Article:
And if we started exploring the city by visiting an underestimated place, the Museum of the City of New York, rather than one of the obligatory passages – MoMa, Guggenheim, Times Square or Central Park? At the end of 5th Avenue, at the corner of 104th Street, this little museum is an ideal introduction. In the basement, screened every forty minutes, an excellent educational film summarizes, in English or in French, the vertiginous history of New York: four hundred years … in twenty-eight minutes!
Listen to Axel Gyldén’s podcast, which tells the story of New York of the year, always so hectic, changing and exciting, but much more … feminine (sur SoundCloud).
Travelers in a hurry will appreciate the time savings: you come out with the impression of knowing everything, or at least the essentials. Among other things, the film evokes the time when – something difficult to imagine today – New York, before the creation of New Amsterdam by the Dutch, was a wild land.
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The virgin forest has since given way to a forest of skyscrapers. Which does not stop growing: in 2018 alone, 15 new buildings exceeding 150 meters in height have sprouted like mushrooms. They are added to the twenty comparable constructions inaugurated the two previous years, not to mention the “modest” towers of 50, 100 or 140 meters “only”, whose “small” size has no impact on the profile of the building. skyline. They number in the hundreds. And the race to heaven is not over. We are building everywhere. So much so that New York (8.6 million souls), which is cracking up everywhere, must develop towards its outskirts. It is because the city loves capital from all over the world as well as international architects and – as we will see in the following pages – all talents in all fields.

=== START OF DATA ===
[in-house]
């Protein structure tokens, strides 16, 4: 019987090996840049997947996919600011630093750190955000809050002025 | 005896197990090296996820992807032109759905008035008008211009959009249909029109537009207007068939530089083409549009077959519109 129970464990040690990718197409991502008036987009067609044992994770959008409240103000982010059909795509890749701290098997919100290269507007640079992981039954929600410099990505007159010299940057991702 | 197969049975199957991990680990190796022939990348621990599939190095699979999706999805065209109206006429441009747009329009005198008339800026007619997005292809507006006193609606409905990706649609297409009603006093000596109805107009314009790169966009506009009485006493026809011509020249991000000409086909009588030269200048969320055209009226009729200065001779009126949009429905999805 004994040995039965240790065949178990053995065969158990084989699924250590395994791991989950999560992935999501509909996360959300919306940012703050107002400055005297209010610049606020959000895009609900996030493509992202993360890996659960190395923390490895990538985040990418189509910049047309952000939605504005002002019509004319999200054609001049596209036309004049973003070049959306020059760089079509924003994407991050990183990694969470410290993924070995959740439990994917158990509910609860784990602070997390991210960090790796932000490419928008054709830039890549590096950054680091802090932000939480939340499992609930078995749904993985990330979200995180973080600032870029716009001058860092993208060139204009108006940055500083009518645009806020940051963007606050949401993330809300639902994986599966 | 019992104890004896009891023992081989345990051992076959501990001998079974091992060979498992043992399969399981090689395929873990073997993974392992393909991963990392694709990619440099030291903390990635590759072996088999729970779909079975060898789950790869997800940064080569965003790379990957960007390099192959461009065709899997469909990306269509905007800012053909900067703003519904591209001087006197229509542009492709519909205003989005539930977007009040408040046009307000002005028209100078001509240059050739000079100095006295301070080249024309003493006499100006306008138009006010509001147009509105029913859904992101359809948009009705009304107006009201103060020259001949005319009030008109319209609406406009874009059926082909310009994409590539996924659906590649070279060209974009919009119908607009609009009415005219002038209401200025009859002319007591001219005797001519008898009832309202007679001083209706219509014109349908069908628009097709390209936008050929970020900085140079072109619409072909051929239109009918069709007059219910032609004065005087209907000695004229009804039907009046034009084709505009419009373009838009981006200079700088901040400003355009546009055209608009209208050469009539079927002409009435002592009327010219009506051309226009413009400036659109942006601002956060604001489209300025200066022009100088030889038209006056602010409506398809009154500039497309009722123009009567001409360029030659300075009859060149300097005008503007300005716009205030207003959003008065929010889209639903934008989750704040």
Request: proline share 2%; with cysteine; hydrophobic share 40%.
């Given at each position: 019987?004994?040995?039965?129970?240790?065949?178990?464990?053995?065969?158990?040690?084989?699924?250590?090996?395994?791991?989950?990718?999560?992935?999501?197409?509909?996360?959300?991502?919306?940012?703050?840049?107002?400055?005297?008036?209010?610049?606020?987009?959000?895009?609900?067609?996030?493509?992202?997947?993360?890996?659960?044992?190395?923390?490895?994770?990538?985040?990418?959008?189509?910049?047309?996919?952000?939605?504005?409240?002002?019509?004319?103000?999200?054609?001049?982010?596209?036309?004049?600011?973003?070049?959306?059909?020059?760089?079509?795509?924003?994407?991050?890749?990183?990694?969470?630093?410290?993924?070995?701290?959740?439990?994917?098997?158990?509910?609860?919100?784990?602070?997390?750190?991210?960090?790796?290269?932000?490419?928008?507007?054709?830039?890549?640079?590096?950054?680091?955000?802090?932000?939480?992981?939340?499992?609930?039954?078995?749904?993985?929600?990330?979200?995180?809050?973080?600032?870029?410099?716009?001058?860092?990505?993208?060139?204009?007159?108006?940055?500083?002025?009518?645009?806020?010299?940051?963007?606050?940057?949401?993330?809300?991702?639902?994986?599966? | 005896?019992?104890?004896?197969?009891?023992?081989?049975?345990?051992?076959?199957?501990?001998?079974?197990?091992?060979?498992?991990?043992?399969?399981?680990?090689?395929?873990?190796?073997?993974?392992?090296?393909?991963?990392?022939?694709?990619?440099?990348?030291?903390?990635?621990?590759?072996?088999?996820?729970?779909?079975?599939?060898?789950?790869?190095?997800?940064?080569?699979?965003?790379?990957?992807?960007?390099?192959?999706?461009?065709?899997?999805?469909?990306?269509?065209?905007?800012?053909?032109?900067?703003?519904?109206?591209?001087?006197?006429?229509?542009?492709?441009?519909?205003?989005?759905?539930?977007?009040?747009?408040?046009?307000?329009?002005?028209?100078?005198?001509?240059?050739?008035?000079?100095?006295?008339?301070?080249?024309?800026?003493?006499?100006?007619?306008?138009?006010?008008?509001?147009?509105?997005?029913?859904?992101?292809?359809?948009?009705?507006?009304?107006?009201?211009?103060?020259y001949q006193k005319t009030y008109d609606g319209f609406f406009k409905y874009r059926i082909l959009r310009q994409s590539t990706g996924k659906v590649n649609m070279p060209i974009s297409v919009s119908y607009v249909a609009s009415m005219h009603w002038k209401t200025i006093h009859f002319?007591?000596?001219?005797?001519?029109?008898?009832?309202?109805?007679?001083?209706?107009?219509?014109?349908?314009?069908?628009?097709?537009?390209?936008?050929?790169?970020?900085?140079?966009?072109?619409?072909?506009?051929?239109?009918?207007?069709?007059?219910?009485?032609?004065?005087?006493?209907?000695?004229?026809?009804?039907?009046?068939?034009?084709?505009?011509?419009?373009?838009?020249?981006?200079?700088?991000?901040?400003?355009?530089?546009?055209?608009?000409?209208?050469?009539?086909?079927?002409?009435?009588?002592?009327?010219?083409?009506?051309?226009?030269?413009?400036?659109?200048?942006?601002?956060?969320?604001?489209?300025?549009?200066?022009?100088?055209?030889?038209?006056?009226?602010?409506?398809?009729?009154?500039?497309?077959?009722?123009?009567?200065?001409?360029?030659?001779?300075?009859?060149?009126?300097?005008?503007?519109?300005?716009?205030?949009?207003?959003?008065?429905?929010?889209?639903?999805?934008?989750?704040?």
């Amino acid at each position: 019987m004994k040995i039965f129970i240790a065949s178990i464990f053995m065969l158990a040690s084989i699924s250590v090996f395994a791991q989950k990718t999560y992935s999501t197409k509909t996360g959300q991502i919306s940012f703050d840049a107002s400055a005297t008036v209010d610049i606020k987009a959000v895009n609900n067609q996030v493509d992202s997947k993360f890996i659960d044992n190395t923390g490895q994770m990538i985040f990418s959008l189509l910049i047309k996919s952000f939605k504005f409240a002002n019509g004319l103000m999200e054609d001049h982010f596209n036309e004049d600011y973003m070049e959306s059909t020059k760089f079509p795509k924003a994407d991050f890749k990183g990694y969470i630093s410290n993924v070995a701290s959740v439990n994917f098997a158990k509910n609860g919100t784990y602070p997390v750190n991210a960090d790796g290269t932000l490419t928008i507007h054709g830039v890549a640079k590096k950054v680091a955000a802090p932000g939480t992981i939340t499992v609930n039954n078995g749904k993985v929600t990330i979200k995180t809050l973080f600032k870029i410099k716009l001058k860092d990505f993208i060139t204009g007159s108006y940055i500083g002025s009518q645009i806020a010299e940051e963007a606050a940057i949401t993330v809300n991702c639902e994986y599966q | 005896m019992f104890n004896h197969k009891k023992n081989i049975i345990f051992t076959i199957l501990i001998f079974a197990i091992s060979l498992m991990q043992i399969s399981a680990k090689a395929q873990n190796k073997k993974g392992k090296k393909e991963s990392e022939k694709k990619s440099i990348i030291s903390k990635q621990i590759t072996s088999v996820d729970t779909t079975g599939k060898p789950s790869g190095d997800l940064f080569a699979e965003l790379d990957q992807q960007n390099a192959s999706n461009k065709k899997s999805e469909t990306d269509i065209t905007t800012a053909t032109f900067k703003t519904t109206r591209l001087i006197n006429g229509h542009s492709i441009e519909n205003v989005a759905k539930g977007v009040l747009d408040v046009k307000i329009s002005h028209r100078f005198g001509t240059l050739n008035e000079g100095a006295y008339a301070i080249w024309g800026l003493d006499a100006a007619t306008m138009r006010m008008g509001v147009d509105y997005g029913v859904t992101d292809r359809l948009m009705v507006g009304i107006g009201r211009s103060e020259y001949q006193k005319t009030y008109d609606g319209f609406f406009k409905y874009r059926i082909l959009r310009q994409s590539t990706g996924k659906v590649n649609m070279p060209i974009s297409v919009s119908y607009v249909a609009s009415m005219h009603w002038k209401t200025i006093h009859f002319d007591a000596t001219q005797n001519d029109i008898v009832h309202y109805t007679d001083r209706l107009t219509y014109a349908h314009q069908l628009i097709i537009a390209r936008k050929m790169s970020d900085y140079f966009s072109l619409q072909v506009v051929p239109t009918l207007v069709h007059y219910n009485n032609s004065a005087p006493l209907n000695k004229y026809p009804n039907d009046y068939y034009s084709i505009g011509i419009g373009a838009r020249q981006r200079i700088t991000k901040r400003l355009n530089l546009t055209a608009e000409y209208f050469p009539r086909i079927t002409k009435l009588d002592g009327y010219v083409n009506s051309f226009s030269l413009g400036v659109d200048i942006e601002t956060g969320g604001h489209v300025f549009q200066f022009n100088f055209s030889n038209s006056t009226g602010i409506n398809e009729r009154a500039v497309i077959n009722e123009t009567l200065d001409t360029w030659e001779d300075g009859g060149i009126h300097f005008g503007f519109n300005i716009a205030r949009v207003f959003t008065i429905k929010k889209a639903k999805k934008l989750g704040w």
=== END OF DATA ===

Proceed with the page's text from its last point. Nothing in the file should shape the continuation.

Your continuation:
“Real estate is a bit Hollywood …”
Above all, New York is defined by its constructions. “Real estate for New York is a bit like Hollywood for Los Angeles: a subject that fascinates locals and that the press follows closely”, explains to L’Express the powerful businesswoman Dottie Herman, seated at Limani, a select restaurant at the foot of Rockefeller Center. In fact, the inauguration of skyscrapers is similar to the launching of films, with numerous advertisements, (architectural) reviews by specialized journalists and economic articles on the commercial performance of a particular building. “A bit like the box office results for the cinema”, notes this cheerful New Yorker, one of the recent successes of which is the 432 Park Avenue. Tallest residential tower for billionaires in Manhattan (426 meters), designed by Uruguayan architect Rafael Viñoly, it is easily recognized by its white facades and square bay windows, a few streets from Central Park.